New resort realtor brings Positive Mental Attitude with him.
A hotshot Christchurch realtor shifting to Queenstown believes the resort could lead New Zealand out of the property slump.
After 30 years in Christchurch real estate, latterly as chairman of Bayleys Canterbury, David Murray heads here in the New Year with his wife Anne Rattray, who’s one of the franchise’s top residential sellers.
After diluting their Christchurch stake, the couple now has a majority shareholding in Bayleys Queenstown after first coming onboard two years ago.
“I see the sun rising over Queenstown earlier than anywhere else,” Murray says.
Not that he’s blind to market conditions: “Anyone is in denial who says there aren’t problems at the moment – we all know that.
“I think there’s some more pain to go yet with mortgagee sales starting to crystallise.
“But once that’s washed through the system…”
He cites the example of swanky Lake Hayes subdivision Bendemeer, which was snapped up last month by new investors after a development company went into liquidation.
“Undeniably, quality properties like this now need to get into the custody of people who know what to do with them, and that is starting to happen.”
Canny developers are also repricing to meet the market.
“One has to keep one’s feet on the ground, and the realty is we’re in a tough market and the probability is that will continue for some time.
“But I’ve been in the business long enough to know that nothing lasts forever and you have to look around the corner.”
What Murray sees is both the NZ dollar and interest rates falling. “We’re getting renewed inquiry from the United States, Australia, Dubai.”
And then there’s the Queenstown factor.
“I think Queenstown is one location in NZ that has international recognition as a place of interest on the worldwide scene.”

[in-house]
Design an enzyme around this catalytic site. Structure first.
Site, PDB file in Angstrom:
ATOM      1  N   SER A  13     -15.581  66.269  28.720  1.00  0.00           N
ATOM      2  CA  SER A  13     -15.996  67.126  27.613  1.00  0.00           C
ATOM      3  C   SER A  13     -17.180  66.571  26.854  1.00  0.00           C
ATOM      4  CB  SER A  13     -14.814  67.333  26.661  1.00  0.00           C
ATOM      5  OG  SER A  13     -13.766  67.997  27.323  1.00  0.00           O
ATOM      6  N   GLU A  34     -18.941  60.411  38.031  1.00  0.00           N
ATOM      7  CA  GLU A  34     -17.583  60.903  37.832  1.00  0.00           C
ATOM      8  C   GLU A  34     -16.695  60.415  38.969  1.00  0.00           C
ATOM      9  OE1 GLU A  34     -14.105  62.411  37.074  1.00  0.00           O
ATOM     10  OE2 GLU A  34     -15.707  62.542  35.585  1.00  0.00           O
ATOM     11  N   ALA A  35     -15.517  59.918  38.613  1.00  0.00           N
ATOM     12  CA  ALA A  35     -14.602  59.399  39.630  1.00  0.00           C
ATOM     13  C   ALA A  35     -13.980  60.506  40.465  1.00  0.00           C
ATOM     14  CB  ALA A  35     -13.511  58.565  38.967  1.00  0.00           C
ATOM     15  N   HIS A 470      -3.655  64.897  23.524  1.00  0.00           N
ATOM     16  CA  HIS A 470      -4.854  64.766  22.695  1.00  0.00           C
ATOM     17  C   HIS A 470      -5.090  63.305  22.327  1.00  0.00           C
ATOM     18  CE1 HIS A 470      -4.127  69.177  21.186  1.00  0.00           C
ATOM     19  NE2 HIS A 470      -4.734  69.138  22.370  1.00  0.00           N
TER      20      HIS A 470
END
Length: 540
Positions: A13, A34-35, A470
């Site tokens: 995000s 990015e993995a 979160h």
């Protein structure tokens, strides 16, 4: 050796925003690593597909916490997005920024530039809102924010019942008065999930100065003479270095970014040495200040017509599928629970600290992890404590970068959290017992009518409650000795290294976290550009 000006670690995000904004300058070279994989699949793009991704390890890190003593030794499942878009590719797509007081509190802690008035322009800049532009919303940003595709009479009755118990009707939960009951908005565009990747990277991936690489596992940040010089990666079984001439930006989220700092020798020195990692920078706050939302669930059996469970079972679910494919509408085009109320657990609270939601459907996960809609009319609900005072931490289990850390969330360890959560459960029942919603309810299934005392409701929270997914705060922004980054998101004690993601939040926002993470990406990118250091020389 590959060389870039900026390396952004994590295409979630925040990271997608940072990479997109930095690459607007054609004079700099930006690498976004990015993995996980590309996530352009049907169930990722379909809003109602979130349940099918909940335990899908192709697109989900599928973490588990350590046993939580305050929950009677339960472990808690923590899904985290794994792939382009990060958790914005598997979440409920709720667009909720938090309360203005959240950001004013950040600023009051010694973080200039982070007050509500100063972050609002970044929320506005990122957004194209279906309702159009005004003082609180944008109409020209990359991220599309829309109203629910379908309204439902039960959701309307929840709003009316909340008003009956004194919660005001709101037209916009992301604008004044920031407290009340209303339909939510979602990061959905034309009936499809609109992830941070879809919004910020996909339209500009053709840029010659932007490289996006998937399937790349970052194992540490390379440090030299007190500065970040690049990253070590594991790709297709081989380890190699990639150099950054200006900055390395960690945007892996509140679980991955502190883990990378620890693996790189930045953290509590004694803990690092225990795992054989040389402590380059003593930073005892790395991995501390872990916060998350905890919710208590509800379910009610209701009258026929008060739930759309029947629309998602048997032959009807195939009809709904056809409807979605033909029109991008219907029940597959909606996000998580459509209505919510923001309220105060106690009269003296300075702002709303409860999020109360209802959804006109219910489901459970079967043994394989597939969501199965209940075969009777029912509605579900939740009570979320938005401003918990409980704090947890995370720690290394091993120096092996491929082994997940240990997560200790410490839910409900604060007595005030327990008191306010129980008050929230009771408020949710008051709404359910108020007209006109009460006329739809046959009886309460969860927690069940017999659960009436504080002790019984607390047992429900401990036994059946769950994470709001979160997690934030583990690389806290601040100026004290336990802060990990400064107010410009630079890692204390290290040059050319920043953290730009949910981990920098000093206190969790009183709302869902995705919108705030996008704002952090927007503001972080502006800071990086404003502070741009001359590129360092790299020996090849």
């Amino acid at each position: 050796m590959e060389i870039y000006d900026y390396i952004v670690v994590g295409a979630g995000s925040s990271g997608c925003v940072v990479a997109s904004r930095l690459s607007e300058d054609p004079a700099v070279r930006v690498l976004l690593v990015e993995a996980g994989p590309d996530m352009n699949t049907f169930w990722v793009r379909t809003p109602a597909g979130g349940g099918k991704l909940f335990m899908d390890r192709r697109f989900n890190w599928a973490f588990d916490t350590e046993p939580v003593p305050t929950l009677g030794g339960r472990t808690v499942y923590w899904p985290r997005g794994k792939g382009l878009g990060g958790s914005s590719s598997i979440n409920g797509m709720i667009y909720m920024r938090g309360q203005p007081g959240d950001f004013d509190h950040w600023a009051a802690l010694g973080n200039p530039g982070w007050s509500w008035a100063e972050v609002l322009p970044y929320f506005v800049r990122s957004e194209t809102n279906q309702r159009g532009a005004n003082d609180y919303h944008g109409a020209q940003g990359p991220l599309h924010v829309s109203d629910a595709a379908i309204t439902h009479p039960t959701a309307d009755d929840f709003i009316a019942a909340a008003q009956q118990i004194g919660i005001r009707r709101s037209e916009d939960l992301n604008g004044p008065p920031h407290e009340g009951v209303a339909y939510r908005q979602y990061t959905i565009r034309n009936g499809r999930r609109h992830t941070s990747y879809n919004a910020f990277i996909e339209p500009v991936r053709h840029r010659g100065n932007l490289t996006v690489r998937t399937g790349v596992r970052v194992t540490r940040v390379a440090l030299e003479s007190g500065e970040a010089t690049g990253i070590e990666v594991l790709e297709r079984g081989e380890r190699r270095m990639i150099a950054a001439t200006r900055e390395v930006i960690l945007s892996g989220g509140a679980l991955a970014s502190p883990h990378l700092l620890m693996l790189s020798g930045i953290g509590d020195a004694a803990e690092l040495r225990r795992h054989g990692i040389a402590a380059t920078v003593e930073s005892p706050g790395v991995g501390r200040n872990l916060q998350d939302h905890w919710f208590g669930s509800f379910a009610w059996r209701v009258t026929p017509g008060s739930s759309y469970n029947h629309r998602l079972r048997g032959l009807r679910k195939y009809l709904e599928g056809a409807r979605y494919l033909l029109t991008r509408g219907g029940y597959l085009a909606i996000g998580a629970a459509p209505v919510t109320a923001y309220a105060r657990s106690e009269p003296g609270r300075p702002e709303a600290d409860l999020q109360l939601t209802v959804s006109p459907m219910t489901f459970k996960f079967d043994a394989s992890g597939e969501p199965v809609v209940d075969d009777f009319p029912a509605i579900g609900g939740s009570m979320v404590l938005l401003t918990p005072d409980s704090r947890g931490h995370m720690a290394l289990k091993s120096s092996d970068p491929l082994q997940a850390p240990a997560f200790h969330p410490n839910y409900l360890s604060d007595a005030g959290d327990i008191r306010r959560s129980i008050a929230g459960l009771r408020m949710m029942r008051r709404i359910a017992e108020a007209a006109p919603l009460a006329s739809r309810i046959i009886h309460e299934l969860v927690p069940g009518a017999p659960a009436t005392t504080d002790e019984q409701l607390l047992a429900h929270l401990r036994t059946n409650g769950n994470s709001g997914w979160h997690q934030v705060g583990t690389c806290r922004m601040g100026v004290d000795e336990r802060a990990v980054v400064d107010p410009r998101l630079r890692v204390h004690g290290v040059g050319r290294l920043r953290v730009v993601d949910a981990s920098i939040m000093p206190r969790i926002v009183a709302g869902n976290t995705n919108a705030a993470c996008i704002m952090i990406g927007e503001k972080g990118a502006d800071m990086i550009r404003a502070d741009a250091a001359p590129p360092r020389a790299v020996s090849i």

Murray says his franchise can tap into that through an affiliation he set up with the worldwide Christie’s Great Estates group – a subsidiary of Christie’s fine art auction house.
While Murray and his wife join Queenstown’s sales industry, local Real Estate Institute chairman Adrian Snow admits some consultants are leaving it – from a pool of about 140 – though nothing like the national average of about 25 per cent.
Snow notes this year’s drop in local sales volumes of about 40 per cent is still better than average – in Auckland it’s almost 60 per cent.
Murray says his shift here ties in with his franchise’s wish to grow its business in Queenstown and throughout rural Otago and Southland.
“It was an opportunity that I really just couldn’t let go.”
After an executive role in recent years – controlling 70-plus staff in five branches – he’s also looking forward to more hands-on involvement again.
“I just really enjoy working with sellers and buyers and working with the sales team in the trenches.
“As next year unfolds, we will really see some big things happening in Queenstown and we plan to be there for it.
“I come here hugely optimistic – and it ain’t my first picnic.”